There are always a few basic salads. Lettuces with herb vinaigrette ($6.00), and Savoy spinach with creamy gorgonzola dolce dressing ($7.00), are just what you’d expect. Top quality greens are used and the portion sizes are large. Dressings are balanced and taste the way they should. Still, there are more interesting choices on the menu. For instance, the carne cruda all’ Albese – chopped raw beef with lemon, olive oil and Parmigiano. This dish is a simple, authentic example of the Italian version of steak tartare. A large portion of meat is chopped to exactly the right consistency. Good olive oil is cut by a hint of lemon, while quality Parmigiano balances everything off. My only complaint is the serving temperature is a bit too cold, muting some of the flavors, but I imagine this is done to placate the health department. Easily enough for two diners to share, the only restaurant in Portland I’ve ever had raw beef of this quality has been Paley’s Place ($11.00).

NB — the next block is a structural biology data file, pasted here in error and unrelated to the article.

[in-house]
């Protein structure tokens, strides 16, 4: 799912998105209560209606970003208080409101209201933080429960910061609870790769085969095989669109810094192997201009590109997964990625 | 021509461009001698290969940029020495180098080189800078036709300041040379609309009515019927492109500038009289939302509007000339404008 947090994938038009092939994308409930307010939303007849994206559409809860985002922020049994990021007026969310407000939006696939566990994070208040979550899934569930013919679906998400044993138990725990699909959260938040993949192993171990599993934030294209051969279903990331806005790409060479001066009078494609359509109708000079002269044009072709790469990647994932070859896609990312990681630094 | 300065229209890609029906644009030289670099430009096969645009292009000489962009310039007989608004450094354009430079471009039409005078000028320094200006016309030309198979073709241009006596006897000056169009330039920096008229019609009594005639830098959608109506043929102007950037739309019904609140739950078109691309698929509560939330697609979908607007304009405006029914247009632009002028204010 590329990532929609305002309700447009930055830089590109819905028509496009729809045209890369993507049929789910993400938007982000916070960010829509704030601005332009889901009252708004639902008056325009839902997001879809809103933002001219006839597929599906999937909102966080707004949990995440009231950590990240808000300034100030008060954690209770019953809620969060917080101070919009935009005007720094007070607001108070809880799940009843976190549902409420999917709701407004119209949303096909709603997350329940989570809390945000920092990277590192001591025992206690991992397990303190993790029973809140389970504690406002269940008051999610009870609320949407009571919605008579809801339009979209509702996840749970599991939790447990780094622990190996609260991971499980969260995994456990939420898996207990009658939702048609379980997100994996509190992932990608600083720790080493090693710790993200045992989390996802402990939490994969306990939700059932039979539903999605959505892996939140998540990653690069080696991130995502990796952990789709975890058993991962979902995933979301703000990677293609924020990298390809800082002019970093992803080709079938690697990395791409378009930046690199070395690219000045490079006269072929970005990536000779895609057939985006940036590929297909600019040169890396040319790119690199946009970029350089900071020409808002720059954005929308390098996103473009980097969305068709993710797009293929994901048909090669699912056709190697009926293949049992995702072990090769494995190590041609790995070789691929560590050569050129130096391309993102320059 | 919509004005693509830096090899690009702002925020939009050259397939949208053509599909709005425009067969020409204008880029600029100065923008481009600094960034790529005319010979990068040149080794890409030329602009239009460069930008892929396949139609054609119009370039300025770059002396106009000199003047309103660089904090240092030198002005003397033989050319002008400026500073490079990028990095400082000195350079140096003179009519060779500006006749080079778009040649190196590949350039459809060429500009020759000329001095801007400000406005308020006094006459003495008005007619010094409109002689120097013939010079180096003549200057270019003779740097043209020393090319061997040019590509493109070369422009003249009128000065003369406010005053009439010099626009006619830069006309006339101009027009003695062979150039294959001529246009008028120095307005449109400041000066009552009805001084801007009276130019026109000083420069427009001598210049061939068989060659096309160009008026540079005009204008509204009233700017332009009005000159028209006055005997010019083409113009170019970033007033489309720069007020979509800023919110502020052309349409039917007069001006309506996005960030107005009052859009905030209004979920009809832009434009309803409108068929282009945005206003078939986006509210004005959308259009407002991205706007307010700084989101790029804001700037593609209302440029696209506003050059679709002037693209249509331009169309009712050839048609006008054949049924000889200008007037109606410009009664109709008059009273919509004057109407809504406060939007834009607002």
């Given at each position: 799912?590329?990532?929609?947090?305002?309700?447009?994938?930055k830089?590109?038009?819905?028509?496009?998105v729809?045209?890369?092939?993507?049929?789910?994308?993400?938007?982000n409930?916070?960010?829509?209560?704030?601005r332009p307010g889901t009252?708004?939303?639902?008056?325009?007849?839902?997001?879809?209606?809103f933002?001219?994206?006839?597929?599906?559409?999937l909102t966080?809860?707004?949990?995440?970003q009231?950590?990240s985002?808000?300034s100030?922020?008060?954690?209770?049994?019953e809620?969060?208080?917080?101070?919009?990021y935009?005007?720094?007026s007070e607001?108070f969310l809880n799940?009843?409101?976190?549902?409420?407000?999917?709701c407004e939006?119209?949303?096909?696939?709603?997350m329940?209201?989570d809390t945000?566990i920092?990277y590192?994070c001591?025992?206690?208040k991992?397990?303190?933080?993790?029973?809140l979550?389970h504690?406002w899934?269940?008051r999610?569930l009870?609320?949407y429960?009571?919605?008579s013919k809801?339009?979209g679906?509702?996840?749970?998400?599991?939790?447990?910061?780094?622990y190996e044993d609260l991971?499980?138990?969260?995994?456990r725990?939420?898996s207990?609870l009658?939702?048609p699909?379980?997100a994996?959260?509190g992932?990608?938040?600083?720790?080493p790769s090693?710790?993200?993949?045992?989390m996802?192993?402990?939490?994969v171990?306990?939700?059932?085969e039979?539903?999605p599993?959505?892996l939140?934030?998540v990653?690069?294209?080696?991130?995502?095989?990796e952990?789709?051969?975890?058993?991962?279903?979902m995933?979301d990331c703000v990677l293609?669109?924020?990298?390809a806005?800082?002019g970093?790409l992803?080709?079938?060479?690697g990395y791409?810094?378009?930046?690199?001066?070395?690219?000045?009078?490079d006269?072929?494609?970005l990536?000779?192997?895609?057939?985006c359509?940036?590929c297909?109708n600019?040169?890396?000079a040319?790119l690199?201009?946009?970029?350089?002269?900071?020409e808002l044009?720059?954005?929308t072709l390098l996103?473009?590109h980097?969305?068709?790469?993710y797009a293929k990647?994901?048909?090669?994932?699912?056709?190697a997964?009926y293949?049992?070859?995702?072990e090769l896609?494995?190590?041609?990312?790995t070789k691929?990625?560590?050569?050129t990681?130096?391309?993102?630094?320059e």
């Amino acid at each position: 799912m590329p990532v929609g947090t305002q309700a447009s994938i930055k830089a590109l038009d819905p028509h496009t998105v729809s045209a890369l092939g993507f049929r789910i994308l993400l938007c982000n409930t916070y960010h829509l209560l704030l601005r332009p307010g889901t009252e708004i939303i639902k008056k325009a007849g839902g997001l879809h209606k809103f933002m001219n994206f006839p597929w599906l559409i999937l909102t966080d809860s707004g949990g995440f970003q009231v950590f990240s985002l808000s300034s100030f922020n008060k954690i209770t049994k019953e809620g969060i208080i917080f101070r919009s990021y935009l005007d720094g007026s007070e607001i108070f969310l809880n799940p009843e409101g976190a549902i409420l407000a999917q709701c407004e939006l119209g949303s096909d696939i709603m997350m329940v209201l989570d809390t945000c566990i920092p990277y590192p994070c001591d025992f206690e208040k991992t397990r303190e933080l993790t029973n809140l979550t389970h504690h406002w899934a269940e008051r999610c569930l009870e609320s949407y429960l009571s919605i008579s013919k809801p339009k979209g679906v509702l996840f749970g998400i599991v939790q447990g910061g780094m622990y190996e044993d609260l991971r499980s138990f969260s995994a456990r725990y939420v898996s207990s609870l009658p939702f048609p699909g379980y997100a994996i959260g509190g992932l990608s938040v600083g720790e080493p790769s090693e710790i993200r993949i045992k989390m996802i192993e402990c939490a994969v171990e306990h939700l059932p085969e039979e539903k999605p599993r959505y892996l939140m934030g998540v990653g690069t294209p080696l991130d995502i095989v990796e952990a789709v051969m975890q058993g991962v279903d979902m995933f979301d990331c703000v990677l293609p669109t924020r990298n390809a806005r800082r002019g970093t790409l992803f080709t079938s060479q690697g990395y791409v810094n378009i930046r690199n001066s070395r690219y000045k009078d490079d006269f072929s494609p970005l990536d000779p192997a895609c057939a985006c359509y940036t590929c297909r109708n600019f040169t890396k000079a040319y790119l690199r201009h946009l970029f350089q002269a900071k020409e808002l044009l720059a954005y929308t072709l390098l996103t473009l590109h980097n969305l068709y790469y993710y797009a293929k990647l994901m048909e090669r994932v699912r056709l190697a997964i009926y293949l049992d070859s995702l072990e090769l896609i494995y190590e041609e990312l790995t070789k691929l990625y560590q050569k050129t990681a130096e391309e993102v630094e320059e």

Let’s move on to a terrina of pork and duck with pickles and mustard ($8.00). Again, a classically prepared and served dish, the mustard is really excellent, providing a foil and a light acid to cut the fat from the pork and duck. This is a good dish, which also would be better if it wasn’t served quite as cold.
No complaints, however, with the salad of fresh bay shrimp, arugula, Catalogna chicory, anchovy, and Taggiasca olives. Another variation of the same dish substitutes cucumber and chopped egg for the arugula. The first thing you’ll notice is that the plating contains a lot more shrimp than you would expect. Next, you’ll notice how fresh and clean they taste. As you dig into the dish, you’ll find lovely explosive textures from tiny anchovies, pungent olives, and fresh chicory. There are so many different things going on in this salad it is hard to carry on a conversation while exploring your way through the mélange; just excellent ($8.00).